Show Preview | Magnolia Art Gallery: Women Painters of the Southeast

Greensboro, GA
March 28-April 18

Joy Jackson, Evening at Stonington Harbor, oil, 12 x 16.

Joy Jackson, Evening at Stonington Harbor, oil, 12 x 16.

This story was featured in the March 2014 issue of Southwest Art magazine. Get the Southwest Art March 2014 print issue or digital download now–then subscribe to Southwest Art and never miss another story!

Women Painters of the Southeast began accepting juried members in 2011, and already the organization boasts a membership of nearly 400 artists. On Friday, March 28, collectors can get their first look at more than 150 works from 100 artists participating in the third annual Juried Members’ Exhibition and Sale held at Magnolia Art Gallery in Greensboro, GA. On Saturday, March 29, demonstrations begin at 9 a.m., and an artists’ reception and awards presentation begins at 6:30 p.m. Here we introduce you to a few of the participating artists.

Judy Crane has been a full-time artist for over 30 years. In her landscape and still-life paintings she strives to capture atmosphere and depth as opposed to painting an image full of detail. Laura Lloyd Fontaine lives in the marsh country of South Carolina, where she uses large brushes to create luminous landscapes of the Low Country.

Dottie T. Leatherwood, Everyday Magic, oil, 16 x 8.

Dottie T. Leatherwood, Everyday Magic, oil, 16 x 8.

For Carol Griffin painting is a process of taking something of herself and something from her environment and combining them on canvas, whether it is a cobblestone European alleyway or a majestic mountain landscape. Joy Jackson believes that art is a collaboration between the artist and the viewer and that the best paintings offer just enough information to be recognizable, allowing the viewer to finish the story. She paints scenes of Italy in an increasingly impressionistic style.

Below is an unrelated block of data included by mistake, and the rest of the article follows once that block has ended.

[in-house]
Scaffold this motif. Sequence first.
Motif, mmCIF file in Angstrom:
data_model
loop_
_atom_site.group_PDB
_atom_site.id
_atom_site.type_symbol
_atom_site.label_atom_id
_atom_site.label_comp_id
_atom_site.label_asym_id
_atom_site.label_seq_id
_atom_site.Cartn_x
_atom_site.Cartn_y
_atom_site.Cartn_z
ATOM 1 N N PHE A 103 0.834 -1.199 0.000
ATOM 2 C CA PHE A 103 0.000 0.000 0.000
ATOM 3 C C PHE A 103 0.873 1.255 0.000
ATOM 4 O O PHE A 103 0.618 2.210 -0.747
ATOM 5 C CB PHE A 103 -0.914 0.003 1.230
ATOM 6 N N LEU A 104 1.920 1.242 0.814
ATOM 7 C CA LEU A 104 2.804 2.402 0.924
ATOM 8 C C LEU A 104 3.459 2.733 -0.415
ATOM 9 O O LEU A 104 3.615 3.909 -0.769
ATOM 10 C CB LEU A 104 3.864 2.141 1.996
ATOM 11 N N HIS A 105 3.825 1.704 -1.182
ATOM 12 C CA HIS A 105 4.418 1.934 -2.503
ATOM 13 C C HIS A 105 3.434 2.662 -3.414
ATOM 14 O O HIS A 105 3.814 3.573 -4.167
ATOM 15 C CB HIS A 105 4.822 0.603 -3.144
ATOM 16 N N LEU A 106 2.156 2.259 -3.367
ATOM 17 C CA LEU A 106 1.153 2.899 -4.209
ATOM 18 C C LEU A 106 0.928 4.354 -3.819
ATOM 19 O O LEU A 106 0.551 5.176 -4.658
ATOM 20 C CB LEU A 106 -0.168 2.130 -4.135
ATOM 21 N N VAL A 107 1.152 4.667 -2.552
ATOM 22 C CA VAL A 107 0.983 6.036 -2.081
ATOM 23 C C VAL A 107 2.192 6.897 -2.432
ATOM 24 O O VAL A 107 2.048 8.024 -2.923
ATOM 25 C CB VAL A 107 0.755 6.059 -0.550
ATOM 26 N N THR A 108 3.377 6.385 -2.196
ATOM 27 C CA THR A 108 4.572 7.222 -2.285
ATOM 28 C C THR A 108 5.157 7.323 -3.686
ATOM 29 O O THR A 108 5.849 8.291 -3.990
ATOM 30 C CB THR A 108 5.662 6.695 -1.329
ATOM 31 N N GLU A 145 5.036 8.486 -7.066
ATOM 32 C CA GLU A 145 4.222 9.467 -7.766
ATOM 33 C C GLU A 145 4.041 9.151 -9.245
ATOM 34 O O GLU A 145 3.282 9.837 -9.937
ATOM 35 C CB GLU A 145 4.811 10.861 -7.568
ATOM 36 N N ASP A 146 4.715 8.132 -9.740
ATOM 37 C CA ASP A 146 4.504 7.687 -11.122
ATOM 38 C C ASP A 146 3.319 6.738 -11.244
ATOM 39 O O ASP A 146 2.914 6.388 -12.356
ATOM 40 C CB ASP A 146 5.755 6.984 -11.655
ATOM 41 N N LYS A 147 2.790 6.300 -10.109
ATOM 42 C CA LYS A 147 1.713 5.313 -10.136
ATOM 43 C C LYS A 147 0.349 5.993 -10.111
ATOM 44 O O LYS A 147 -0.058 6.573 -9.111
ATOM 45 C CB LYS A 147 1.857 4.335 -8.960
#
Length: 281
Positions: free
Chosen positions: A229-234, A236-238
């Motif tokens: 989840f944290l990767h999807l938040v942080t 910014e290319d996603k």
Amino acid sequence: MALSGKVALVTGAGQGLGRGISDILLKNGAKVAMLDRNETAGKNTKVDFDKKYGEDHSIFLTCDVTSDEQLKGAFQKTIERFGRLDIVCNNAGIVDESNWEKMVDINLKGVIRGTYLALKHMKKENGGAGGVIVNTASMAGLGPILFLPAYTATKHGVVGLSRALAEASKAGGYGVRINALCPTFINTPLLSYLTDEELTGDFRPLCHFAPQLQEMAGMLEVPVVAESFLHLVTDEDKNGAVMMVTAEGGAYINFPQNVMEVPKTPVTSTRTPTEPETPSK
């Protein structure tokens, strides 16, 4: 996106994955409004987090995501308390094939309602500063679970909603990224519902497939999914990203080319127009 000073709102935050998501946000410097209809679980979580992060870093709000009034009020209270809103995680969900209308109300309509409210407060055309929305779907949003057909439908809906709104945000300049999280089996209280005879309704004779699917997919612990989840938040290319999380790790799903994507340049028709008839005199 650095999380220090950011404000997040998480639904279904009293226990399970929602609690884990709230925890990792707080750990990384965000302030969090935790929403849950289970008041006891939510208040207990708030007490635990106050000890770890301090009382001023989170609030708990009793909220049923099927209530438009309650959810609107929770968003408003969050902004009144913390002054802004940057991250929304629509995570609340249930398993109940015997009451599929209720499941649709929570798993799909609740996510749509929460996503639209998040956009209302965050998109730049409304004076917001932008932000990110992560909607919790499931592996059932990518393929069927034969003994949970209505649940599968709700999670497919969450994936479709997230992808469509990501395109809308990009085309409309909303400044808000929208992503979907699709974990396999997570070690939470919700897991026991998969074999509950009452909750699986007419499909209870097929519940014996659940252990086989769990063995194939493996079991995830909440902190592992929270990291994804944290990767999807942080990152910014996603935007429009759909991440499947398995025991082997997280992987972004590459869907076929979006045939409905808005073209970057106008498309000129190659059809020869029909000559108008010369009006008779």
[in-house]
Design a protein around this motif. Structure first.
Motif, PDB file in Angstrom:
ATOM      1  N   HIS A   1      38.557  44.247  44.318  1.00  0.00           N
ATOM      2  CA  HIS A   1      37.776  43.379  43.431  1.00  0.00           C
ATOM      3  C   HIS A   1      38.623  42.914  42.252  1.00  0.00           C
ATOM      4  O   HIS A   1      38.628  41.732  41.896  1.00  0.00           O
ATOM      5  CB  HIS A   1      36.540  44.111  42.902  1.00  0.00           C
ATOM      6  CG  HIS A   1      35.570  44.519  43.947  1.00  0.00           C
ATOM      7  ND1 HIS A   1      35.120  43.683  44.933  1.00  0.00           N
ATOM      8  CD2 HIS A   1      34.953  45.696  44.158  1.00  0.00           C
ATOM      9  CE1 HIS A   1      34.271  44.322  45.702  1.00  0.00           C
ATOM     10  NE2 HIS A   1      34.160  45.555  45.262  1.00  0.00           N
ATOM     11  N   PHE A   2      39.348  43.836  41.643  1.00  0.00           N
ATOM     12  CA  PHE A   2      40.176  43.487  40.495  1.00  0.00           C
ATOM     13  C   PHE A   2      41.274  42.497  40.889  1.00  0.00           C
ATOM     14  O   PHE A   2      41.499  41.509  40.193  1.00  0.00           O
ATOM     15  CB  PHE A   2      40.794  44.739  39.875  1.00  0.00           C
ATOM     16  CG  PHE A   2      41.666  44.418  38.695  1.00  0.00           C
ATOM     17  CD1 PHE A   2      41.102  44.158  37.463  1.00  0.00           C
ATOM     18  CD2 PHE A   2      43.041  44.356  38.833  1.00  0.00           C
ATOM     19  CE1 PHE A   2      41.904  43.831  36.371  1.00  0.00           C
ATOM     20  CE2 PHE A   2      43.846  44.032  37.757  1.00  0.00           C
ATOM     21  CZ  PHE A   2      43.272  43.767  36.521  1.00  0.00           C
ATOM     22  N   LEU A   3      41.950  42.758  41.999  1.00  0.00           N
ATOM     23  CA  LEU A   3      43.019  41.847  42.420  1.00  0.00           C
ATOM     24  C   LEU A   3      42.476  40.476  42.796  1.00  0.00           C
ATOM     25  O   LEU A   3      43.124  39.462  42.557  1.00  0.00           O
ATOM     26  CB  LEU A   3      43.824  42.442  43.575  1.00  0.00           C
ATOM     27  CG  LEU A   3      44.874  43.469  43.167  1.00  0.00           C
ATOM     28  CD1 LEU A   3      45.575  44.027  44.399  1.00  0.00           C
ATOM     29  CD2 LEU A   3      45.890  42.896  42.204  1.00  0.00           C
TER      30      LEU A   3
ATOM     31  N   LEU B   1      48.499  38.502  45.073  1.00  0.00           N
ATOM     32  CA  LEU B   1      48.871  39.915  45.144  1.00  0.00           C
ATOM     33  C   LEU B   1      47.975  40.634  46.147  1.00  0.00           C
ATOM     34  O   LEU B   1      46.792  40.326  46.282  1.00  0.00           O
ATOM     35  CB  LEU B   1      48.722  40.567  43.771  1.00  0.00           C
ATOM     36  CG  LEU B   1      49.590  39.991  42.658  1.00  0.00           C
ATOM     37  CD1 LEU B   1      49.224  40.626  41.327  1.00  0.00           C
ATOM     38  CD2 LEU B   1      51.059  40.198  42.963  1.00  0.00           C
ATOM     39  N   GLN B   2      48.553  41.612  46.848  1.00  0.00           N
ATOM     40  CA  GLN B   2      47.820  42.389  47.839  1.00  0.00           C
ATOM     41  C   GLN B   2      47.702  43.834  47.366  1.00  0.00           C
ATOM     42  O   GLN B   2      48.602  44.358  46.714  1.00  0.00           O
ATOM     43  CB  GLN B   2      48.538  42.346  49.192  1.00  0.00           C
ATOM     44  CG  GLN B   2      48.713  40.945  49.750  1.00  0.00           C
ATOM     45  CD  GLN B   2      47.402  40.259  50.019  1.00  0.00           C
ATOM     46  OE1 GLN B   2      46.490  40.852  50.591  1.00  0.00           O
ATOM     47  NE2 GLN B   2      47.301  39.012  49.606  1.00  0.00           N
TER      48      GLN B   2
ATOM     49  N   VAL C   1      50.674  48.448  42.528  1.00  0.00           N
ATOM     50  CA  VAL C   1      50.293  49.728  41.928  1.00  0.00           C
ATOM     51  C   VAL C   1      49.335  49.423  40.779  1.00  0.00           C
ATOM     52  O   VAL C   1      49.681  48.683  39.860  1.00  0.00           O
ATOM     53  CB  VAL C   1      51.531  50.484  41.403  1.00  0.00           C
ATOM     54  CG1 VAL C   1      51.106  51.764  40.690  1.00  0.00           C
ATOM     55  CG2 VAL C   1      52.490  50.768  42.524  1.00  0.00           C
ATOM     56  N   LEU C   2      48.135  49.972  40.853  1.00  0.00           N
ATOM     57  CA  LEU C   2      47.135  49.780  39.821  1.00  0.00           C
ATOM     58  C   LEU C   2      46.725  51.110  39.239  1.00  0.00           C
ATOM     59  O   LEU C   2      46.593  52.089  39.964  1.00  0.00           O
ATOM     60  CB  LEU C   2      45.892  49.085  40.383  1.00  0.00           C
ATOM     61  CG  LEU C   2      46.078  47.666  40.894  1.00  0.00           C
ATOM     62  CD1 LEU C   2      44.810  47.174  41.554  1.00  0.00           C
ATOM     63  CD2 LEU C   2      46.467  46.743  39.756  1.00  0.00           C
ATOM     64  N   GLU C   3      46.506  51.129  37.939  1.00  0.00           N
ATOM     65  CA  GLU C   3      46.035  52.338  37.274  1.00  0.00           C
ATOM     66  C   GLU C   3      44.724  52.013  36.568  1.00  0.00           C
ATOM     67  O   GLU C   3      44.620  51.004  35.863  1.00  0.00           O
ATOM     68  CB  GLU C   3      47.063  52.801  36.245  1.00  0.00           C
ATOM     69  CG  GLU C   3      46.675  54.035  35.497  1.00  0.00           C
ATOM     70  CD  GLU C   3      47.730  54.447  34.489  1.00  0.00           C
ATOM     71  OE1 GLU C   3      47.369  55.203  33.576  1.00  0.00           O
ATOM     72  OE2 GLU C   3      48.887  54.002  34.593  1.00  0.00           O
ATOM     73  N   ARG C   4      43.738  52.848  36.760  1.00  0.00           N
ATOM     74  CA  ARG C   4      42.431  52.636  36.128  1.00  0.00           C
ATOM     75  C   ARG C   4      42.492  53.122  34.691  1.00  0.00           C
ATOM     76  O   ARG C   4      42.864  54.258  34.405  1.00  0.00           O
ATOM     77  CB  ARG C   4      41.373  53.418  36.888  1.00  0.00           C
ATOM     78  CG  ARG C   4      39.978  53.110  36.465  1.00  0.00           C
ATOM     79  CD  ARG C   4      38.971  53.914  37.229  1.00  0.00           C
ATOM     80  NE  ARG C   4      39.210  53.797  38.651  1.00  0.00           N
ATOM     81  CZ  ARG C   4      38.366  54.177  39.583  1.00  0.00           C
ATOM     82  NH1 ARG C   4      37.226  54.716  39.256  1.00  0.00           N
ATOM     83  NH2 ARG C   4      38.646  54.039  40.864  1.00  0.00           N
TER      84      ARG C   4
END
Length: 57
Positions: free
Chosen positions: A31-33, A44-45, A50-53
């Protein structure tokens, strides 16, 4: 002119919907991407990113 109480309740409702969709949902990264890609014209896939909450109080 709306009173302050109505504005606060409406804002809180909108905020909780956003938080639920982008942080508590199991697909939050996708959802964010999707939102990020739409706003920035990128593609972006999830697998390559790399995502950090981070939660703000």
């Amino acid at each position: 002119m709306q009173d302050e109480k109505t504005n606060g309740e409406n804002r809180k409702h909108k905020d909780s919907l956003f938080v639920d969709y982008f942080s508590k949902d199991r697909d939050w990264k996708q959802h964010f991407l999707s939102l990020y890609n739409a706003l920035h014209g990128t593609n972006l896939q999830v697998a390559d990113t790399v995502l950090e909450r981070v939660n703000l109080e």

Although Dottie T. Leatherwood calls the coast her muse and is continually inspired by its bright, clear light, her favorite subjects to paint are animals, including dogs, cows, and elephants; she also captures street scenes and florals. Julia Lesnichy grew up in Moscow, immersed in the world of her own art, but it wasn’t until she was 26 that she took up oil painting. She now lives in Virginia, where she paints impressionistic florals, still lifes, and landscapes in both oils and pastels.

Through her loose brushwork, texture, and layers of paint Ann Rhodes explores the complexities of the universe in landscapes, figurative works, and still lifes. Mary O. Smith works in watercolors and oils to capture the landscapes, fishing boats, architecture, and people of her Georgia home.

For former gallery owner Donna Thomas, creating art is an emotional journey. Her work has ranged from contemporary realism to abstract expressionism, and she is currently working on a series of paintings in a monotone palette. Connie Winters says it is her ability to see so many colors where others see just a few that inspires and enlivens her impressionistic works. Her frequent travels in Europe inspire the core of her oeuvre. —Laura Rintala

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Featured in the March 2014 issue of Southwest Art magazine–click below to purchase:
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